That's how Ron Paul described his campaign manager's early, uninsured death.
However, "When he died on June 26, 2008, two weeks after Paul withdrew his first bid for the presidency, his hospital costs amounted to $400,000. The bill was handed to Snyder's surviving mother (pictured, left), who was incapable of paying. "
This is a classic case of libertarians claiming that they are taking their own risks, but somebody else ends up having to pay. There is a simple reason why libertarians routinely lie this way: their ideology claims they are independent, but the reality of human socialization is that we are interdependent in many ways. Through families, churches, friendships, professional associations, employment, etc. We routinely and informally assume responsibility for each other.
Recently, Brad DeLong wrote Economic Anthropology: David Graeber Meets the Noise Machine... where his comment was: "Indeed. It really looks from the anthropologists that Adam Smith was wrong--that we are not animals that like to "truck, barter, and exchange" with strangers but rather gift-exchange pack animals--that we manufacture social solidarity by gift networks, and those who give the most valuable gifts acquire status hereby."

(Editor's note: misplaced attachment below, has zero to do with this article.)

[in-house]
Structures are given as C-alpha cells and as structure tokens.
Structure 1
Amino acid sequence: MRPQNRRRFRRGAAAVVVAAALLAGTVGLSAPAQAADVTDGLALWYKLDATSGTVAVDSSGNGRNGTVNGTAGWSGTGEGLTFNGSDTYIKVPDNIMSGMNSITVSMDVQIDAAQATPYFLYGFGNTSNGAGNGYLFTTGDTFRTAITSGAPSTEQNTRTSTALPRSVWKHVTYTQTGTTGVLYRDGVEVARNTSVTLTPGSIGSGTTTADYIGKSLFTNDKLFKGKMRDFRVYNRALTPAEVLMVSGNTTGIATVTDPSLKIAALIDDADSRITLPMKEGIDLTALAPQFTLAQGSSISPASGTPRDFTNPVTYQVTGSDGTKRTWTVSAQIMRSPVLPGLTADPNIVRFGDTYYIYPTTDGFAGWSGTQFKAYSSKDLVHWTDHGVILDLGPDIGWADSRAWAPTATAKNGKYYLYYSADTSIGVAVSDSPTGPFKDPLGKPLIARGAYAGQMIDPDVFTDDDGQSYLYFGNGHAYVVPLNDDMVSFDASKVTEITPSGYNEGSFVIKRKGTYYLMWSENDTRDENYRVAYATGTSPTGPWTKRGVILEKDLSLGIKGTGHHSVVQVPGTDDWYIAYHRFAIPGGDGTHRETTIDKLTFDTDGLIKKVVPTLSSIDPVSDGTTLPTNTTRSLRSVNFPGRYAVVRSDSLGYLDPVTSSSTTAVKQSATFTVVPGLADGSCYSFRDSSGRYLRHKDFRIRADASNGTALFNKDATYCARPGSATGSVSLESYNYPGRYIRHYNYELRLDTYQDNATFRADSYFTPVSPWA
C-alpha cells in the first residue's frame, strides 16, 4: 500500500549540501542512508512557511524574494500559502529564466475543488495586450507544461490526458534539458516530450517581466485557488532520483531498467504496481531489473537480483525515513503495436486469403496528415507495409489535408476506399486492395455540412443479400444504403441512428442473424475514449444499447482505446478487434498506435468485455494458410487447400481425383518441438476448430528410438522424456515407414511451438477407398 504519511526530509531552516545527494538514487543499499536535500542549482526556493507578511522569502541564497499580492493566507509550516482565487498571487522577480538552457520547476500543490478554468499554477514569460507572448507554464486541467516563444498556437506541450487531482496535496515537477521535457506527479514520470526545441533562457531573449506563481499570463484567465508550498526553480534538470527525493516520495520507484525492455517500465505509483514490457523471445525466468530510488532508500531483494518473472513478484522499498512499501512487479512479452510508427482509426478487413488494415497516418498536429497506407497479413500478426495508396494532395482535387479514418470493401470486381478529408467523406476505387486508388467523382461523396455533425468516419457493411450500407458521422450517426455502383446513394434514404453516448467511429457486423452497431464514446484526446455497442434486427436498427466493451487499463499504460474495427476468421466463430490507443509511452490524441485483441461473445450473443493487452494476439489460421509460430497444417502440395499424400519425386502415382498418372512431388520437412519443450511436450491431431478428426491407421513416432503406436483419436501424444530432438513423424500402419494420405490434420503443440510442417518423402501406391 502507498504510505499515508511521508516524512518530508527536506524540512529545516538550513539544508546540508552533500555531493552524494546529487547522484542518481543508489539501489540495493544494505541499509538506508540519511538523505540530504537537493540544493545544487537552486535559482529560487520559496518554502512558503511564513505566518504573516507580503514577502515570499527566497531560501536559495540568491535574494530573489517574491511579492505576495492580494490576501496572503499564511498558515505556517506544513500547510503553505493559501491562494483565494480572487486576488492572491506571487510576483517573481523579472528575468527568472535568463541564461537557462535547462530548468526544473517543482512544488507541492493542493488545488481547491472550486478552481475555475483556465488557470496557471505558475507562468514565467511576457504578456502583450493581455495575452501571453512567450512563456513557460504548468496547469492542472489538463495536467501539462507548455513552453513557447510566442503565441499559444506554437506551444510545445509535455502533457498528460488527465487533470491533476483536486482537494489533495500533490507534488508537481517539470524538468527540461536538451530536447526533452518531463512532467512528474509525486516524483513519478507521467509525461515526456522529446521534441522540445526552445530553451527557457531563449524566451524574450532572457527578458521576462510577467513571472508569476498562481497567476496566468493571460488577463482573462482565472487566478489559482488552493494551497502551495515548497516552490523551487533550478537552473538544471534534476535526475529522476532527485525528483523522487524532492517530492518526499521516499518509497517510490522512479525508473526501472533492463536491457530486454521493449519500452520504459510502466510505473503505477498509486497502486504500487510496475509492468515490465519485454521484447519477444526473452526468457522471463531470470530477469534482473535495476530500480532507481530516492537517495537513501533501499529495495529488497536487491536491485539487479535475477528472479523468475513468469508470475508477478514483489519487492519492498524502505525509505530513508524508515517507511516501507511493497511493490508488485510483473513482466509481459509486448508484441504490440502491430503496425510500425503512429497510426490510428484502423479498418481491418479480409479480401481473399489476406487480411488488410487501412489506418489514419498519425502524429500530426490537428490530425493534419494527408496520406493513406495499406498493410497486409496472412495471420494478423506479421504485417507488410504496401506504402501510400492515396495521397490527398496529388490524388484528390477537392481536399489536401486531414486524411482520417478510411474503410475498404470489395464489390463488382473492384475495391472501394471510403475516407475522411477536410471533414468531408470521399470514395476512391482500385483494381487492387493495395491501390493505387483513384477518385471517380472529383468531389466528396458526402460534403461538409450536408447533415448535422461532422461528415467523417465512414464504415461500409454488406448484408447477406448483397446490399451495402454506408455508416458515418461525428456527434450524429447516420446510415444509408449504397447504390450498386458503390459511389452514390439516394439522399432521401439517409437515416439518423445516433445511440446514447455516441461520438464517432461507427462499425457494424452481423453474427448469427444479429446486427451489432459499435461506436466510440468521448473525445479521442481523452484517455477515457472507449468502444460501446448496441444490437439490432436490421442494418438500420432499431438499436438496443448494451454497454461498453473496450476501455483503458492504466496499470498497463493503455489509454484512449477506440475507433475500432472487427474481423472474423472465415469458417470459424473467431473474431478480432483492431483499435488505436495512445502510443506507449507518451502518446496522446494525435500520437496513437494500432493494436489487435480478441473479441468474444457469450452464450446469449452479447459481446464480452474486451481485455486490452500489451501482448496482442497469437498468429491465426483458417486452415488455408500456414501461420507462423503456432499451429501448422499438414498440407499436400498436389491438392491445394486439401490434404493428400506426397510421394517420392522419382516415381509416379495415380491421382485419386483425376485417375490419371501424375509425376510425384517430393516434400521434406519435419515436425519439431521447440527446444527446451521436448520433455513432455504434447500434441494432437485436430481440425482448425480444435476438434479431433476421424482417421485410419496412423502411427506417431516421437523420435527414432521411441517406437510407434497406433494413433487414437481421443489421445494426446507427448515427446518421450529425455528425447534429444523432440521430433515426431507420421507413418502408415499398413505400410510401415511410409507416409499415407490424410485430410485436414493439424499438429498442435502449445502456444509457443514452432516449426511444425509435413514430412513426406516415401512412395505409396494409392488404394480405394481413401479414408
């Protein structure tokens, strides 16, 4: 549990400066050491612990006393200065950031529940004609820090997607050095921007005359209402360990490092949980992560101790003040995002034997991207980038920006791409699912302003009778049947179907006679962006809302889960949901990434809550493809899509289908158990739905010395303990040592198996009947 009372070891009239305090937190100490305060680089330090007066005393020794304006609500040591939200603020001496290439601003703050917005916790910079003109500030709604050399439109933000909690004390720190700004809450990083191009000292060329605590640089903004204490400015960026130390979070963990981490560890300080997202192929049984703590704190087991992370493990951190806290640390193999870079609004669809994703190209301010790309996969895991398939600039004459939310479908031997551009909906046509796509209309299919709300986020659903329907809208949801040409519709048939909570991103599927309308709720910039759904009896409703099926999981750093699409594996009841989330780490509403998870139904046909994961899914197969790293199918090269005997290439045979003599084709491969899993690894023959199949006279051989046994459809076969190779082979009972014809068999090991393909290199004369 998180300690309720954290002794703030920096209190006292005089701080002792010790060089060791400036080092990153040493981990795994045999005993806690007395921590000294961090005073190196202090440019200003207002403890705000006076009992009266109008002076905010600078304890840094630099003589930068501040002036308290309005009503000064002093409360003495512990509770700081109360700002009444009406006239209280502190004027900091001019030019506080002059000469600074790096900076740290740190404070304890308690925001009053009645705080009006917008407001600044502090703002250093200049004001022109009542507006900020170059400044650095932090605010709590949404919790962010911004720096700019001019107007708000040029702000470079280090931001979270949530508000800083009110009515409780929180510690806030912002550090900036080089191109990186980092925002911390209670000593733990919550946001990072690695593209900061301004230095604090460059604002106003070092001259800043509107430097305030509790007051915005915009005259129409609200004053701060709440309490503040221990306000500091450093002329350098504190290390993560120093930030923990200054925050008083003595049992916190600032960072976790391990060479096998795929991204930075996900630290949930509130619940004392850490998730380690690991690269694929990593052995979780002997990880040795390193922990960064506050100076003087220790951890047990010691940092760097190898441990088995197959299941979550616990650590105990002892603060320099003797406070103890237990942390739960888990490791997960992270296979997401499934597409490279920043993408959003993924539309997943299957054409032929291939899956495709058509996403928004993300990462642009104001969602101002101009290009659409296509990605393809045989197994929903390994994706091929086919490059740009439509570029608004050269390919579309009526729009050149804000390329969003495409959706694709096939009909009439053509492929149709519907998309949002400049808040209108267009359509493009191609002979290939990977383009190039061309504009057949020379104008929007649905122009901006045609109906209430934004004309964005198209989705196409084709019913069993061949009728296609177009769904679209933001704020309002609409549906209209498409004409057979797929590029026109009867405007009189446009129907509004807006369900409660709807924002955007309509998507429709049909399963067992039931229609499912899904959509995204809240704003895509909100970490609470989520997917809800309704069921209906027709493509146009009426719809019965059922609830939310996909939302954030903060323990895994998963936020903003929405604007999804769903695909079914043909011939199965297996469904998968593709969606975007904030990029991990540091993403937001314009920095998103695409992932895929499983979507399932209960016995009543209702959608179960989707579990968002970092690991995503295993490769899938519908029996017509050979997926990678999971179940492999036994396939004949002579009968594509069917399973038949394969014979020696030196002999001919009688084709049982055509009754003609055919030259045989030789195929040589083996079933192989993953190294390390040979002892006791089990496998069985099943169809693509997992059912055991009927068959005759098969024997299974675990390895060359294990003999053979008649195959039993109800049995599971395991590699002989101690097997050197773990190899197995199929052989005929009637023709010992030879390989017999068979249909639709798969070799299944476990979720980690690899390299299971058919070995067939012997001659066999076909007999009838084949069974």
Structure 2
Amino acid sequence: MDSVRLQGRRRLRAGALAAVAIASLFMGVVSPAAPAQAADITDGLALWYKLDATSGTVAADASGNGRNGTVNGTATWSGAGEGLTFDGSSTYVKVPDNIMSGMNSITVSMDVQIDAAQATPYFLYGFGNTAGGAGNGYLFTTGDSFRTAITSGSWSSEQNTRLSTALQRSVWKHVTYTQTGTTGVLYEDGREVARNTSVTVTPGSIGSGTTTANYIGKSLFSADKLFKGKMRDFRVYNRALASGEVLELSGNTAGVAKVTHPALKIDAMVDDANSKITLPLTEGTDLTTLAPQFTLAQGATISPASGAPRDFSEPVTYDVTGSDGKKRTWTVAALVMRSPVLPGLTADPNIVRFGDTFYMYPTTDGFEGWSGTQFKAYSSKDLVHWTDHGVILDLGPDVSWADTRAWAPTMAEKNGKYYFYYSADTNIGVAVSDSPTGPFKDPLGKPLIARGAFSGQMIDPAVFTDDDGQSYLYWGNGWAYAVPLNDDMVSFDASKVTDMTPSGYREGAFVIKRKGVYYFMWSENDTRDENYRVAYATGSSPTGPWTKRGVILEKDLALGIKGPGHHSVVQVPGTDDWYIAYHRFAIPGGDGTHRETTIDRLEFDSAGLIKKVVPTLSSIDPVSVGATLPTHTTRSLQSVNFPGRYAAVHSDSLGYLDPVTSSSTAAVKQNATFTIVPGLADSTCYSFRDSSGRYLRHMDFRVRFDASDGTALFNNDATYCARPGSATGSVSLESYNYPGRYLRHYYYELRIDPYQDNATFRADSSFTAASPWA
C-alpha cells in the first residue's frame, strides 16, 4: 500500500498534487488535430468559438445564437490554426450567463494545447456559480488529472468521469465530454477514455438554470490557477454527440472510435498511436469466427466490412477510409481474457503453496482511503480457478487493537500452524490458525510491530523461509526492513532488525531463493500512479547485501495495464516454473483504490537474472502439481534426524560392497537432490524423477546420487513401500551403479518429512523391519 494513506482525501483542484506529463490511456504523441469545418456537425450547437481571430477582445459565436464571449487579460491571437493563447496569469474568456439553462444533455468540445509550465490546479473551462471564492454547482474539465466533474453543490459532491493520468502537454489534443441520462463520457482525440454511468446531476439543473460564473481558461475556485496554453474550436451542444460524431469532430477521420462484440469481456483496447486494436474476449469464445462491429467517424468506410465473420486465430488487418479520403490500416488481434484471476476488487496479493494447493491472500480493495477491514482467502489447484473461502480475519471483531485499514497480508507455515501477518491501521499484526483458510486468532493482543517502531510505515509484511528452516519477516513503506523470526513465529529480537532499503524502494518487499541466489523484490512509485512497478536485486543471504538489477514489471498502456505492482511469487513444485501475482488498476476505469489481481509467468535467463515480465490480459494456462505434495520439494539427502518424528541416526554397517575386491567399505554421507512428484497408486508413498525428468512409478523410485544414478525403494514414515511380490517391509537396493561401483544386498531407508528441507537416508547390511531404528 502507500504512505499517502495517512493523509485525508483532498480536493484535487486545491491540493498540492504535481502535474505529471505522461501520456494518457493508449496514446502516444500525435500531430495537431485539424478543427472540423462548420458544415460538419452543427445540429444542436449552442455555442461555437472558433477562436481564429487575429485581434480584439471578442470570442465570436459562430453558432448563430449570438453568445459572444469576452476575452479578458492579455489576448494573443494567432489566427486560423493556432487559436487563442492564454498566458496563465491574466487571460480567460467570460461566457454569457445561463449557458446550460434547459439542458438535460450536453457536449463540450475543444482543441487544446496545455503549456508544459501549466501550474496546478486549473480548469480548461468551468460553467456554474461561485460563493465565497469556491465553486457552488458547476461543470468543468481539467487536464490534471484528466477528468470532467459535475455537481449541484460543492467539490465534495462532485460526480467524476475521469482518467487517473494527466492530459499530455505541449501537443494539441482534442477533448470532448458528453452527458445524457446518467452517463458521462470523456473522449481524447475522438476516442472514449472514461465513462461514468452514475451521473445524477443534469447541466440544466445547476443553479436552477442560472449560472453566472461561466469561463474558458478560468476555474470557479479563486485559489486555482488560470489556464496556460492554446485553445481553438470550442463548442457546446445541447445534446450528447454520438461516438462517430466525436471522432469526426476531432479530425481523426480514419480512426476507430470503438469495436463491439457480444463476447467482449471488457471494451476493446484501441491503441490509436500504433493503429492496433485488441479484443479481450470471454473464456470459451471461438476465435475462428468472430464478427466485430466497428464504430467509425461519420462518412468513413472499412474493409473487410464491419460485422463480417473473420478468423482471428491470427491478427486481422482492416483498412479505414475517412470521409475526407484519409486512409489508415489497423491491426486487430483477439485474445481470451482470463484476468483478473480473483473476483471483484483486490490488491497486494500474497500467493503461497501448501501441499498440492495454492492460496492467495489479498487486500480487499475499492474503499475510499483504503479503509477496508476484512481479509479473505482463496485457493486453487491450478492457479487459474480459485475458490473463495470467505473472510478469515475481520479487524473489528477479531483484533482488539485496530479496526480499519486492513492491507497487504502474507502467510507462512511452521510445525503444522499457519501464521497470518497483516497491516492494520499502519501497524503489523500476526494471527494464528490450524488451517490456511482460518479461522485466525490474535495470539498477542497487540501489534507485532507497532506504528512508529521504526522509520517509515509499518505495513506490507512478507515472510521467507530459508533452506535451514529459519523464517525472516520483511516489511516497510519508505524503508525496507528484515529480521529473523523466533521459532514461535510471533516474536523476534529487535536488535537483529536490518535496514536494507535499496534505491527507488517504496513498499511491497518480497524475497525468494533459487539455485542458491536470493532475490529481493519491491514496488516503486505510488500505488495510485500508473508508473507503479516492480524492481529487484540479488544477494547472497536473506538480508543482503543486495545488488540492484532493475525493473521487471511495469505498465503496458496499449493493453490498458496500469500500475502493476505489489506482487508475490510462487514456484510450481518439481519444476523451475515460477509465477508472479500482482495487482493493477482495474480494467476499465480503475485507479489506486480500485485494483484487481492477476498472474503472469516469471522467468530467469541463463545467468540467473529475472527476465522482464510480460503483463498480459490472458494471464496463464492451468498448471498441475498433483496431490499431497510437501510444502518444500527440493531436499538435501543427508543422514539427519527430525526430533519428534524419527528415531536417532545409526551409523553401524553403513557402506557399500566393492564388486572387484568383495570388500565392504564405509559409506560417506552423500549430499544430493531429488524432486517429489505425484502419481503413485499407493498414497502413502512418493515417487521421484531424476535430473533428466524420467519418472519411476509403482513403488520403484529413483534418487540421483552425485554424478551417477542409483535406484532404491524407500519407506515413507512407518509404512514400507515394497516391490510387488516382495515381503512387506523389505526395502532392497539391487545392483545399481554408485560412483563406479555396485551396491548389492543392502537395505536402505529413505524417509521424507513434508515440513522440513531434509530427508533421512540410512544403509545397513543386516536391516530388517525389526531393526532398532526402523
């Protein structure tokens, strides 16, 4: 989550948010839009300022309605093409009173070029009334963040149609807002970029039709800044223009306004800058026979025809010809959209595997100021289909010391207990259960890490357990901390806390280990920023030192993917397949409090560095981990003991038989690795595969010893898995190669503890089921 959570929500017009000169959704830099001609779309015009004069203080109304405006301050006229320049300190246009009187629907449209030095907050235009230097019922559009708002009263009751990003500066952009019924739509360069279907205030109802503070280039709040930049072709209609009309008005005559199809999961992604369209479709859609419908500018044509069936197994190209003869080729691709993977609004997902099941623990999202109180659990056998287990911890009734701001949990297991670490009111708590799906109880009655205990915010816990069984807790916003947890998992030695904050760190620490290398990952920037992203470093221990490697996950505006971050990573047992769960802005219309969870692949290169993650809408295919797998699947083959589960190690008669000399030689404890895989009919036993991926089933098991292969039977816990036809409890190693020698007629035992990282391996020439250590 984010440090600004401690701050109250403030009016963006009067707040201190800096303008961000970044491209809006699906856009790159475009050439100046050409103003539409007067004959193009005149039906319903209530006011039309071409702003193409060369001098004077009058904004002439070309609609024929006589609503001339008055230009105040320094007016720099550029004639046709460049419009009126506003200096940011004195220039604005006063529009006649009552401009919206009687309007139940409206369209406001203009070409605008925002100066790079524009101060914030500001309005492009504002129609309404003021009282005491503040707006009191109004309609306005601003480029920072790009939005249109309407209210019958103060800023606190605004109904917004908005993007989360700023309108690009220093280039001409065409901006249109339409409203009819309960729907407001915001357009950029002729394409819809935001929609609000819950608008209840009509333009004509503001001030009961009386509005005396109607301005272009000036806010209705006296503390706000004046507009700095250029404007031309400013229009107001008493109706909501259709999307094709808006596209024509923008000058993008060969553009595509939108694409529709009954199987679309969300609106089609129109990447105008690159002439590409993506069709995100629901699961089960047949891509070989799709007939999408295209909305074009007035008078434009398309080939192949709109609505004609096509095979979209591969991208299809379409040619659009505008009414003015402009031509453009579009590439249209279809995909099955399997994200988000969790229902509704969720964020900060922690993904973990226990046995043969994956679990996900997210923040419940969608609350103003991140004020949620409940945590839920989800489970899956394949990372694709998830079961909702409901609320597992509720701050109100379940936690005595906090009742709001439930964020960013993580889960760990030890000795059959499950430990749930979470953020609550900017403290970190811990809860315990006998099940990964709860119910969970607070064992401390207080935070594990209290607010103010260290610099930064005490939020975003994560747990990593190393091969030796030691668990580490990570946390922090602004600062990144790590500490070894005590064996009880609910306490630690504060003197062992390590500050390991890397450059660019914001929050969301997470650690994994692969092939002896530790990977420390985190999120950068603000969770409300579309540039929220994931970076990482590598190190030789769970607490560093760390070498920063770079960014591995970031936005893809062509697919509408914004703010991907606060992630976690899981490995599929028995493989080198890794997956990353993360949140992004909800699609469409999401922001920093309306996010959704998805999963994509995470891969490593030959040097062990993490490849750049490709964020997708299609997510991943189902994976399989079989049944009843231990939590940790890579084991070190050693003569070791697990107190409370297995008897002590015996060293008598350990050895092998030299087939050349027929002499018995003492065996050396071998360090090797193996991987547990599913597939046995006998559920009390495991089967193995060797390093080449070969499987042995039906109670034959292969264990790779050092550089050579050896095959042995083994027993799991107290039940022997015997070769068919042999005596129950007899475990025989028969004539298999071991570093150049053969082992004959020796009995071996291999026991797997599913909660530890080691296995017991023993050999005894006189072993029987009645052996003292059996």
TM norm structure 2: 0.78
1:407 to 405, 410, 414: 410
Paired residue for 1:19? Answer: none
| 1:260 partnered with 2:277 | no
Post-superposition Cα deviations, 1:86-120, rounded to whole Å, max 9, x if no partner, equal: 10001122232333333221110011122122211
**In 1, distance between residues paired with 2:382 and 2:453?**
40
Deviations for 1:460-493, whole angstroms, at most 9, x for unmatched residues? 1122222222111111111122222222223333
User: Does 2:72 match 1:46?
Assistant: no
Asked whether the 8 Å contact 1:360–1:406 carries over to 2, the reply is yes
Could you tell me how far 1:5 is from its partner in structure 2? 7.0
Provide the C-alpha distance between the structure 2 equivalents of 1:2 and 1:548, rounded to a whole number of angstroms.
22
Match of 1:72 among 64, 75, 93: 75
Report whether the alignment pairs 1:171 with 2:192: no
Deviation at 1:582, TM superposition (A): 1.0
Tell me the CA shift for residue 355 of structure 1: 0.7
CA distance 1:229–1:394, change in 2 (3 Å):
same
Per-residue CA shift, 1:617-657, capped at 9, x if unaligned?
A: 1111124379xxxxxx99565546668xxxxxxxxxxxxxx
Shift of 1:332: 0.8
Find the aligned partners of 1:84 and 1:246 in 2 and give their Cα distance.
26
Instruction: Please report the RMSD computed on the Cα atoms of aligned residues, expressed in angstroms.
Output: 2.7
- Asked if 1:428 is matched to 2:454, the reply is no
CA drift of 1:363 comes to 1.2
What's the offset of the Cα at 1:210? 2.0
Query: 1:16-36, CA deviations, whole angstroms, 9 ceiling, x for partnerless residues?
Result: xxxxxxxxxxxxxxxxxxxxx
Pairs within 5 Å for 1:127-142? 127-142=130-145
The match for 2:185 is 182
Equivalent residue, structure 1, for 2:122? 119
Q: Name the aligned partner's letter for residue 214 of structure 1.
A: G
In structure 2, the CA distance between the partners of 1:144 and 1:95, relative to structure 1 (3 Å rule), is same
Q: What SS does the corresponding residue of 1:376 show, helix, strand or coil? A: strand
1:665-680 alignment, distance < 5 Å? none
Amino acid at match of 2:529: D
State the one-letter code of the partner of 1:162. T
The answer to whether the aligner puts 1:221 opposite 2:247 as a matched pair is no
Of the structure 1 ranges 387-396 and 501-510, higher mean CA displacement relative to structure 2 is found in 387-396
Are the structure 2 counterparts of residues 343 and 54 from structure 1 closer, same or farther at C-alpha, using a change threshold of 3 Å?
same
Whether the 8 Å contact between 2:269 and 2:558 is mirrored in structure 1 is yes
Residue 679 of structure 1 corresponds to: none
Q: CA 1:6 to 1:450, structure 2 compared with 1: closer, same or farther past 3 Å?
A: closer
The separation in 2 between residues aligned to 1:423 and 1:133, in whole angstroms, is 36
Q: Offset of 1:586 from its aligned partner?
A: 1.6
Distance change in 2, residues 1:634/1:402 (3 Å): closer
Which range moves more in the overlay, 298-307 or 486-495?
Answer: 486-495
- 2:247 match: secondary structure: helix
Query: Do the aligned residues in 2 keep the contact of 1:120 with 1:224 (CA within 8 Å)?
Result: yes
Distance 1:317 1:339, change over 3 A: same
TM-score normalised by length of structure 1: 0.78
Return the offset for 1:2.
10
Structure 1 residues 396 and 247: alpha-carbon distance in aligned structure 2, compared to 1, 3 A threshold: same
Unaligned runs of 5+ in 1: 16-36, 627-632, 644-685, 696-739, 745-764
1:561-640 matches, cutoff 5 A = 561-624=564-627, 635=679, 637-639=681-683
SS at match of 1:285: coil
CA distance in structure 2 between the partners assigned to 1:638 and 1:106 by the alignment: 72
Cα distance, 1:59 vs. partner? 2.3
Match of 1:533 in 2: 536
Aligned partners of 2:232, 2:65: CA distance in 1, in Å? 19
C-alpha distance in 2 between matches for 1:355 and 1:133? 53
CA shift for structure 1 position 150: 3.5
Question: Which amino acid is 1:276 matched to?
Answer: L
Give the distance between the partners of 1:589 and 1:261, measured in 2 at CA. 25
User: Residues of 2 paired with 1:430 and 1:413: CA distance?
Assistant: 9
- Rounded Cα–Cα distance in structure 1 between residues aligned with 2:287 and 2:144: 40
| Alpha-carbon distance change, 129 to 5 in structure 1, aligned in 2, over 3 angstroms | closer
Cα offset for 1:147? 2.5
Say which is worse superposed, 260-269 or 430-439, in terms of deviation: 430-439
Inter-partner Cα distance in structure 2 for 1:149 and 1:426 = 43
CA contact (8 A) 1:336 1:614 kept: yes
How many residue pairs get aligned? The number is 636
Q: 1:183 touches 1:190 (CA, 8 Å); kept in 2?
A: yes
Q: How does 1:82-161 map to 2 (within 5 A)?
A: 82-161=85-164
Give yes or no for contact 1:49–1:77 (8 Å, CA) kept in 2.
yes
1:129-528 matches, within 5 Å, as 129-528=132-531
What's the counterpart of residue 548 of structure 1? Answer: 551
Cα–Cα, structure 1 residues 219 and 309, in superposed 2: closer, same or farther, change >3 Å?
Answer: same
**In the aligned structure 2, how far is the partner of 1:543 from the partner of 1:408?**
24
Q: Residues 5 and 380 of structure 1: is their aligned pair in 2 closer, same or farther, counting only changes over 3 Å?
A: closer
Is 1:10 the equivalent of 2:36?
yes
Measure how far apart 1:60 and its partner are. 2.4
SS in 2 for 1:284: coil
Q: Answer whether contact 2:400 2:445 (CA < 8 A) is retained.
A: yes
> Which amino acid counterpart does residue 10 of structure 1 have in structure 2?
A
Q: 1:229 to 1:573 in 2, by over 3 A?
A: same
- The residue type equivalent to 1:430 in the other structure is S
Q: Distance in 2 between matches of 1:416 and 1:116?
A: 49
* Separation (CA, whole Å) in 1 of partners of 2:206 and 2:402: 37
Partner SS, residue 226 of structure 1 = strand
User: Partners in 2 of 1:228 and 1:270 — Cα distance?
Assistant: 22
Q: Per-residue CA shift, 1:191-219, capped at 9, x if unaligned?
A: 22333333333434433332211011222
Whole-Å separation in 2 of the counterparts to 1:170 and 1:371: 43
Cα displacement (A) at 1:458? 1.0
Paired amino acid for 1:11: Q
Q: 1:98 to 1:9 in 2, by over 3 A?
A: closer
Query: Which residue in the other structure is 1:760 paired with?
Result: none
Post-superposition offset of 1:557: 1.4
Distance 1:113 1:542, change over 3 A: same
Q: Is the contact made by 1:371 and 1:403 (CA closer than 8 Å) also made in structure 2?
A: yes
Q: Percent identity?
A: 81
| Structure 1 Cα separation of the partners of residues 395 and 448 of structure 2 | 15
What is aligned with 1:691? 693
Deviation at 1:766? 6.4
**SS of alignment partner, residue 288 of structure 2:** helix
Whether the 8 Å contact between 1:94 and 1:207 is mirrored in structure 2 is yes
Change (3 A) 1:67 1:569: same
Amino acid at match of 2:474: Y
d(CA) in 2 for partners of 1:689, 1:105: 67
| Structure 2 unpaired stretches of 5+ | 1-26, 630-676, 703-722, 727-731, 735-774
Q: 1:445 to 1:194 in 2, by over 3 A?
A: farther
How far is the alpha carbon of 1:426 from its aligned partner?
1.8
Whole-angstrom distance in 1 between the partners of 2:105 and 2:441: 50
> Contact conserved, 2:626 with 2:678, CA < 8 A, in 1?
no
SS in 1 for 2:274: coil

I think DeLong is in error because the barter and gift paradigms are often both used. They are not exclusive. The error is to claim only one applies or that they are exclusive, and I doubt Adam Smith makes either of those particular errors.
When we are involved in gift networks (such as families) we are not independent: others are relying on us for future gifts and we "owe" for past gifts. This is one of the great blindnesses of libertarian ideology, and it explains why libertarians will not see as problems what normal people see as problems. One of my favorite examples is drug usage. That's why this Brain on Drugs public service announcement about heroin seems comical to libertarians, but makes sensible people cry. Gift networks are very emotion-laden. I haven't worked it out yet, but I think this ties in with the idea of libertarianism as applied autism.